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REVEALED: The cities in Italy with the highest crime rates

From robbery and vehicle theft to cyber fraud and blackmail, where are you most likely to be a victim of crime in Italy? Here are the country’s latest crime figures.

REVEALED: The cities in Italy with the highest crime rates

While Italy is among the safest countries in the world – it ranked 32nd out of 163 in the latest Global Peace Index by the Institute for Economics and Peace – crime is a concern in many parts of the boot, especially in big cities. 

Milan is by far the Italian city with the highest crime rate, according to data from Italy’s Department of Public Security collated in a report by financial newspaper Il Sole 24 Ore.

Altogether, as many as 193,700 crimes were reported in the city in 2021 – that’s nearly 6,000 reported crimes for every 100,000 residents. 

But while Milan takes the unenviable title of Italy’s ‘crime capital’, things aren’t much better in other major cities as Turin (3rd overall), Bologna (4th), Rome (5th), Florence (7th) and Naples (10th) all figure in the top 10.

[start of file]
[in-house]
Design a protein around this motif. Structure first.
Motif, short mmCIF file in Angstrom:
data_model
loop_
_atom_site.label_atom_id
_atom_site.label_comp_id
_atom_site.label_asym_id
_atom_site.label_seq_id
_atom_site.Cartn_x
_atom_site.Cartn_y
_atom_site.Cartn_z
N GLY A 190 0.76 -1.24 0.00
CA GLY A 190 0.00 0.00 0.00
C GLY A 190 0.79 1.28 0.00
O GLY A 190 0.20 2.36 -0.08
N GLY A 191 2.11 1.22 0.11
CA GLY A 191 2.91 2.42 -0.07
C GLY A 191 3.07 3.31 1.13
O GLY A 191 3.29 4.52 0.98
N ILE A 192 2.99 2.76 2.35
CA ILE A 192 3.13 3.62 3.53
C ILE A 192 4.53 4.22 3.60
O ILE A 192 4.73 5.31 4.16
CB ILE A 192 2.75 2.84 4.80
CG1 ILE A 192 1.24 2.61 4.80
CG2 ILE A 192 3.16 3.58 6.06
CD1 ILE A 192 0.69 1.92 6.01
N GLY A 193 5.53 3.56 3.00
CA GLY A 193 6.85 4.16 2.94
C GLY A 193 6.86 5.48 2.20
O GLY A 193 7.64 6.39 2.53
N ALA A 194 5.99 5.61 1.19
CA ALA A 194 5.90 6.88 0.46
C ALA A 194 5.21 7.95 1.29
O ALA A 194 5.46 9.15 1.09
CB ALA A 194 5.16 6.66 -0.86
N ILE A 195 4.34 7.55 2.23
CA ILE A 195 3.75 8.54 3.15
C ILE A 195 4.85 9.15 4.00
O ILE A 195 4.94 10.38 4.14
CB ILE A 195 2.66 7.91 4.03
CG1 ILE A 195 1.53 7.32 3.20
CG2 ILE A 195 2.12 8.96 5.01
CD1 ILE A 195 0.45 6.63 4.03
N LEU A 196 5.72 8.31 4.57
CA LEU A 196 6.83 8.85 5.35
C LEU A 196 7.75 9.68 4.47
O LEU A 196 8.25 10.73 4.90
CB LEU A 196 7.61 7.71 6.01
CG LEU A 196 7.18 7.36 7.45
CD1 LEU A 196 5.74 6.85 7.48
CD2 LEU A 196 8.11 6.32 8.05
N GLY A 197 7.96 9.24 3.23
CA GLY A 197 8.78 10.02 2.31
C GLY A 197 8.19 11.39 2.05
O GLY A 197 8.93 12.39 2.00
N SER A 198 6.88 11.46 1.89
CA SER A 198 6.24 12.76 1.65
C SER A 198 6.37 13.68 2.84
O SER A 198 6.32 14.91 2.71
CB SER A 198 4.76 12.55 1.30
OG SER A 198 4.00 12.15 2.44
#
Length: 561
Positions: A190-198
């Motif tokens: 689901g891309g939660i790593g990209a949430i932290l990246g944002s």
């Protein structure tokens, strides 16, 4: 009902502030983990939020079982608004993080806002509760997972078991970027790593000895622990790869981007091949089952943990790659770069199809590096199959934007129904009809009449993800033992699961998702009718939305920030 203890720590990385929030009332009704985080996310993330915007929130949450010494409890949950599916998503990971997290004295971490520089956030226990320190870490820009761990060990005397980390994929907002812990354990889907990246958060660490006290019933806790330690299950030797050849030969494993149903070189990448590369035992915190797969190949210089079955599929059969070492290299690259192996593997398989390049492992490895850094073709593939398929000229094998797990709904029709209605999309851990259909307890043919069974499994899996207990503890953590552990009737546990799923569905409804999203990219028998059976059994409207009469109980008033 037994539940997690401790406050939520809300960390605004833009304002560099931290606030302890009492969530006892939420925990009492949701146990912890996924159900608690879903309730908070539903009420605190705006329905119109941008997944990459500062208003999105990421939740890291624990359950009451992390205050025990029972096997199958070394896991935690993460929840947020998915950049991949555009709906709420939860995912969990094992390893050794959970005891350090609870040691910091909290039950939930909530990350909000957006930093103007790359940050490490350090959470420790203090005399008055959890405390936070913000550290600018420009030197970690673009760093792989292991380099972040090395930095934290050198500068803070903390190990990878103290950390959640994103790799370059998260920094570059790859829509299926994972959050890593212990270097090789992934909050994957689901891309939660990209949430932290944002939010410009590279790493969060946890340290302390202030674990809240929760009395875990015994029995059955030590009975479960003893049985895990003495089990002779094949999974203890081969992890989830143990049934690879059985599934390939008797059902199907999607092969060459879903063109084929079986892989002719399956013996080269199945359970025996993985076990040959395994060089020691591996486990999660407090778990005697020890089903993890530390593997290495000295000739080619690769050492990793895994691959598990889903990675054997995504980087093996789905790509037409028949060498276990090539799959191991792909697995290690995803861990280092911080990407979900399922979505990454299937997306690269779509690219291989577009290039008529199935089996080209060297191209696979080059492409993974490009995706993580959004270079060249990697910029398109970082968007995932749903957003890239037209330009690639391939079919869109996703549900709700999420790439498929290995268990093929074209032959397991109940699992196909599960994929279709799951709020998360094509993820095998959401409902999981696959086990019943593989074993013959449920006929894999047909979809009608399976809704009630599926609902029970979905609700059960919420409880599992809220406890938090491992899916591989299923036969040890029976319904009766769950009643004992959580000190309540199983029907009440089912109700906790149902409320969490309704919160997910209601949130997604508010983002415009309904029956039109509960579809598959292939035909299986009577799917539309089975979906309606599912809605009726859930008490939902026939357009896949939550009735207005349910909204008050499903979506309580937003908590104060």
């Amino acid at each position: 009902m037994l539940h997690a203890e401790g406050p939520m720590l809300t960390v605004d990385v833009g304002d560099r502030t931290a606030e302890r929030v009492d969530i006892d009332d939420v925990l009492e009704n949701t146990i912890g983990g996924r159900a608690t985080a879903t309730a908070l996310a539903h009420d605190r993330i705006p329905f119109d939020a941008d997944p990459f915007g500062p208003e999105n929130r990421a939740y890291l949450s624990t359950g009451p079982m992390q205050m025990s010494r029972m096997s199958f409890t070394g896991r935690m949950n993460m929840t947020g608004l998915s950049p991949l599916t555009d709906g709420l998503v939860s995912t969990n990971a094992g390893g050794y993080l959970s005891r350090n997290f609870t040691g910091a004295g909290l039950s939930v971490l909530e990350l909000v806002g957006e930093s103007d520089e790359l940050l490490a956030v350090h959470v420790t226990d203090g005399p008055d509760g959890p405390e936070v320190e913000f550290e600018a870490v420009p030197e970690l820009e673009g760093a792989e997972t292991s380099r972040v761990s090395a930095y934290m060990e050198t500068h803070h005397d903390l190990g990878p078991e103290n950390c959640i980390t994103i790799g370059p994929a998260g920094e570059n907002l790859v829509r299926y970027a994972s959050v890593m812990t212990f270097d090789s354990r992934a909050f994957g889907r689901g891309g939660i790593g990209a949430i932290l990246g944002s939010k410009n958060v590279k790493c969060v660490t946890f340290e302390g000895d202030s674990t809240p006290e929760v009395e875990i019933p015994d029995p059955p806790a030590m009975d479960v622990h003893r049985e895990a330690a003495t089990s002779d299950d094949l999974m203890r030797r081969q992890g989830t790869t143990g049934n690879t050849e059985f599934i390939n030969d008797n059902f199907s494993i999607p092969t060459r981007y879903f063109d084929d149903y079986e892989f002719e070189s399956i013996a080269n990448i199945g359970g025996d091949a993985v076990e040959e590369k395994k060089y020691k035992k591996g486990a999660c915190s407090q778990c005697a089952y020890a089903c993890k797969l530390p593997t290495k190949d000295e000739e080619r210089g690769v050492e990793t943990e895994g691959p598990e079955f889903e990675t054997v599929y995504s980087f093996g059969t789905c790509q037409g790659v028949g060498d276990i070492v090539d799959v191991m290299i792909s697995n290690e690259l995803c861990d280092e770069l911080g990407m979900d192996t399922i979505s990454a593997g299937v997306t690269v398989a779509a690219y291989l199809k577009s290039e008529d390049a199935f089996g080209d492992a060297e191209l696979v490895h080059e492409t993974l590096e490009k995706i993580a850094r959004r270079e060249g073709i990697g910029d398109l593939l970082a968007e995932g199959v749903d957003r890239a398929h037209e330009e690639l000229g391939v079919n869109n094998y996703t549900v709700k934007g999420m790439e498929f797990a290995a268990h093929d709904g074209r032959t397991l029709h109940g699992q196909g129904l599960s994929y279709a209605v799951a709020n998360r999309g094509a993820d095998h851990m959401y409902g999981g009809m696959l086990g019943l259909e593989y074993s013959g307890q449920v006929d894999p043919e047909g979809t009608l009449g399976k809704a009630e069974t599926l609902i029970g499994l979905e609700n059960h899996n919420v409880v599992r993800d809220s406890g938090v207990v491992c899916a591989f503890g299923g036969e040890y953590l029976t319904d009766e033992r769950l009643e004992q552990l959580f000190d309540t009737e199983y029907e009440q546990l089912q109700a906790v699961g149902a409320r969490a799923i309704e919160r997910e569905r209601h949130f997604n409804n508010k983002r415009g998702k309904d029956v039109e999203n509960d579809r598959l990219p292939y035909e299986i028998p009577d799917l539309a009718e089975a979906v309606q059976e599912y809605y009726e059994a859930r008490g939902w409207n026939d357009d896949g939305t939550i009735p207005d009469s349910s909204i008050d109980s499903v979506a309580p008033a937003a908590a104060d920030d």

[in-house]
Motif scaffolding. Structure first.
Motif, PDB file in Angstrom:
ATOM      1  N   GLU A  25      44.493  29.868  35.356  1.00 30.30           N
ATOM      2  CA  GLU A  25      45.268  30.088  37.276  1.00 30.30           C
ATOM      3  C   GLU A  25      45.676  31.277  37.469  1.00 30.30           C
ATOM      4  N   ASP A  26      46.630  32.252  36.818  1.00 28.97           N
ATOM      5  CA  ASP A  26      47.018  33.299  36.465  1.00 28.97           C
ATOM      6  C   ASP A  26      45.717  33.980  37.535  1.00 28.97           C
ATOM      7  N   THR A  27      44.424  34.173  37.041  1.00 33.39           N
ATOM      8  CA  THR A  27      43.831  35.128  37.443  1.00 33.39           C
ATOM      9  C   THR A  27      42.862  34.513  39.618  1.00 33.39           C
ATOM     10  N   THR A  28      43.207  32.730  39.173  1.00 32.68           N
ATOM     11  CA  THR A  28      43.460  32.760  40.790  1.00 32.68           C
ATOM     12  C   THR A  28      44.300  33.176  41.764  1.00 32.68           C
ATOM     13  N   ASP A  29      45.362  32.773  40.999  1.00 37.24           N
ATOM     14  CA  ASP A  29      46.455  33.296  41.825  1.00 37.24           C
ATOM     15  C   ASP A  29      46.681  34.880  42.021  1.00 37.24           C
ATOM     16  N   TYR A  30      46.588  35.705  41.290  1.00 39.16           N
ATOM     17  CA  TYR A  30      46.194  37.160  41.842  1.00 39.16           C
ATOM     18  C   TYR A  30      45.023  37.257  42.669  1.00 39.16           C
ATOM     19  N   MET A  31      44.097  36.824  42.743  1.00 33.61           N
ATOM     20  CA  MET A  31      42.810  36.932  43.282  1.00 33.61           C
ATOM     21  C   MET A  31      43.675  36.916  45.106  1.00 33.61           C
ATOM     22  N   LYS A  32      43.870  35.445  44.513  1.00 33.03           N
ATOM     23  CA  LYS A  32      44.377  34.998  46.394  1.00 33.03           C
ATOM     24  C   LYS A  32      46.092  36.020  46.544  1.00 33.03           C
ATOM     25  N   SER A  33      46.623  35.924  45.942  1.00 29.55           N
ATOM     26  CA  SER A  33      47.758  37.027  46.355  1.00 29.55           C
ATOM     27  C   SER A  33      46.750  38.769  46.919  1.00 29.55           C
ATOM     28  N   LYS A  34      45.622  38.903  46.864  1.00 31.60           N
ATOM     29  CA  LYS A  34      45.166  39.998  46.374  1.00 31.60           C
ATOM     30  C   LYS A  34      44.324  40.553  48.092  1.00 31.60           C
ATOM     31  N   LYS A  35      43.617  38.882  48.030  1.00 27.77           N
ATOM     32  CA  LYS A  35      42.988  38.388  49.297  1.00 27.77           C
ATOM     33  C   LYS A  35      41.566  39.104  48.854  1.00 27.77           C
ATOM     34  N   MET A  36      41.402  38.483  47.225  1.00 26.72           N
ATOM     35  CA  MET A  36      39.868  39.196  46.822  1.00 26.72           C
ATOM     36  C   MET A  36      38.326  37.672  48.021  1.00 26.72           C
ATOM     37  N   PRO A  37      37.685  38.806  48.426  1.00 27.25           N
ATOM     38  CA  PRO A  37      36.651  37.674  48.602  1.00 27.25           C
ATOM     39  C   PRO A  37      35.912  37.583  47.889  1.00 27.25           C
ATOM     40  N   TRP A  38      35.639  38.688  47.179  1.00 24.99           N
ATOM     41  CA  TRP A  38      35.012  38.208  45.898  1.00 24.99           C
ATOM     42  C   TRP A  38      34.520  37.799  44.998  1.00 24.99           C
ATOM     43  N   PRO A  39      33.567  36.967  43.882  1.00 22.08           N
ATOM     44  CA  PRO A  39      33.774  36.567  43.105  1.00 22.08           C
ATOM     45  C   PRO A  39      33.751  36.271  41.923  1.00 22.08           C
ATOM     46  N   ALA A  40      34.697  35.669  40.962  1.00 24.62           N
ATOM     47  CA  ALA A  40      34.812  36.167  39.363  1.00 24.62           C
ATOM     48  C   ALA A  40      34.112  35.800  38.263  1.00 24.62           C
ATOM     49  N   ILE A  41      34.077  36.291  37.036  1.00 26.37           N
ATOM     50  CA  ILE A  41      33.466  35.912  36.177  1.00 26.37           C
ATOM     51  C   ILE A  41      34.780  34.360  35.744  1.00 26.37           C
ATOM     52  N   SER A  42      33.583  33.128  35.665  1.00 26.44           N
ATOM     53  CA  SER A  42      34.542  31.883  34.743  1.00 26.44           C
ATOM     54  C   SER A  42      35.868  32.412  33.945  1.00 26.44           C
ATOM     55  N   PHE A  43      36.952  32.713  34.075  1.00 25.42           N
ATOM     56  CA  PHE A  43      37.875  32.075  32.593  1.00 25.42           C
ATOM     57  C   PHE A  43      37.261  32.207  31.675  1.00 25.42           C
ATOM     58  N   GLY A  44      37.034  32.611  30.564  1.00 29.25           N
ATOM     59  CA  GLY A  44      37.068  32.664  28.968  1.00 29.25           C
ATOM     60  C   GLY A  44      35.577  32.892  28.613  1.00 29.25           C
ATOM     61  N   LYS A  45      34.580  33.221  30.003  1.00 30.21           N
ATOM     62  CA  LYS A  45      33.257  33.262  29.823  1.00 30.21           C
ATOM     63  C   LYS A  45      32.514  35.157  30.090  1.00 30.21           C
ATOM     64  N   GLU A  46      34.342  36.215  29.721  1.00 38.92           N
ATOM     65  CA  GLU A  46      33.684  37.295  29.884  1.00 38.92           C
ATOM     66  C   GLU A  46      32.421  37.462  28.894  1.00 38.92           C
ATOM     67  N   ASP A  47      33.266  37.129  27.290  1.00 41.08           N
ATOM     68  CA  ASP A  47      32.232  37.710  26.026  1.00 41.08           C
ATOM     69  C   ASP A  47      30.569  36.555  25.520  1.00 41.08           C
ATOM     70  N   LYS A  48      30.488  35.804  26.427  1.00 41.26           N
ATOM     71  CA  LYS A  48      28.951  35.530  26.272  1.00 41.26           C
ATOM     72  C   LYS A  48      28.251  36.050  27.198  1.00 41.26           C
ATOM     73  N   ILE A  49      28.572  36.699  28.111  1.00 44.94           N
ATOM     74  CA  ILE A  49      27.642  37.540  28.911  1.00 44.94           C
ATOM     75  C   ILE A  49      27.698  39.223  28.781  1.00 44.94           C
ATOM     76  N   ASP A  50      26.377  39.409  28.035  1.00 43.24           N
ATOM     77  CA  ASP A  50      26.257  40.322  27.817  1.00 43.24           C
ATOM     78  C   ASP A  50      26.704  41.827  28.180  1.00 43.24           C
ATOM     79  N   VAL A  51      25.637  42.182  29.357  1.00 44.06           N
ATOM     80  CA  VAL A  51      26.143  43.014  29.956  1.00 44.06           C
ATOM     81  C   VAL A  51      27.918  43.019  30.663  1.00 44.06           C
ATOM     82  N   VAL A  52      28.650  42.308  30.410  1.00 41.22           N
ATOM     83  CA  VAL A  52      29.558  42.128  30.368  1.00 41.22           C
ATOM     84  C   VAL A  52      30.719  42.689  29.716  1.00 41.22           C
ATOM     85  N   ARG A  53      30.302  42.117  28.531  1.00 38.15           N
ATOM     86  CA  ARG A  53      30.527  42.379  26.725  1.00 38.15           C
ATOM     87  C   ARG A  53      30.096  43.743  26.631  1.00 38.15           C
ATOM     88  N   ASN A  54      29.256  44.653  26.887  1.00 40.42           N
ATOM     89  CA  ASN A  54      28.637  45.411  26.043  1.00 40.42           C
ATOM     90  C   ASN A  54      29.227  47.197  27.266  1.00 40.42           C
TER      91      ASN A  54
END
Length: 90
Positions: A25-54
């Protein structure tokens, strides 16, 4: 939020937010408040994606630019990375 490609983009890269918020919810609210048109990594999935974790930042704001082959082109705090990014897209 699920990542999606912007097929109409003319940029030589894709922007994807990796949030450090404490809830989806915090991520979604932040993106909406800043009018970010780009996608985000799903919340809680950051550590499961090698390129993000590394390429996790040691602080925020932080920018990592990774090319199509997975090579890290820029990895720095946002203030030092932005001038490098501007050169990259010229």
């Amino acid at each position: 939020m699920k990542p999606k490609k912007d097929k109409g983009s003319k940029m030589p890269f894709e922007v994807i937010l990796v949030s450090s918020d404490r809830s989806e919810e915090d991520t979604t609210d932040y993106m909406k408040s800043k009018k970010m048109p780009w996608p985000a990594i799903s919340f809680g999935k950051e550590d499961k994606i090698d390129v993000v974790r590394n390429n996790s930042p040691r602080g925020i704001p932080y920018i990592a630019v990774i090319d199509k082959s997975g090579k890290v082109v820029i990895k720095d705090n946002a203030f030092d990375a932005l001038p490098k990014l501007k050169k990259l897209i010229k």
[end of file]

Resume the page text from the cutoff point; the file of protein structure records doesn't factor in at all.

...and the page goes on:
Italy's crime map in 2021

Milan is Italy’s ‘crime capital’, followed by Rimini and Turin. Image: Il Sole 24 Ore

The top of the table is completed by smaller and, perhaps, slightly unassuming Italian cities, namely Rimini (2nd), Imperia (6th), Prato (8th) and Livorno (9th).

READ ALSO: What happens when a foreign national gets arrested in Italy?

That said, while the overall crime rate ranking shows us Italy’s crime hotspots, it doesn’t provide any insight into the types of offences committed, which is why it is worth looking into single-offence rankings.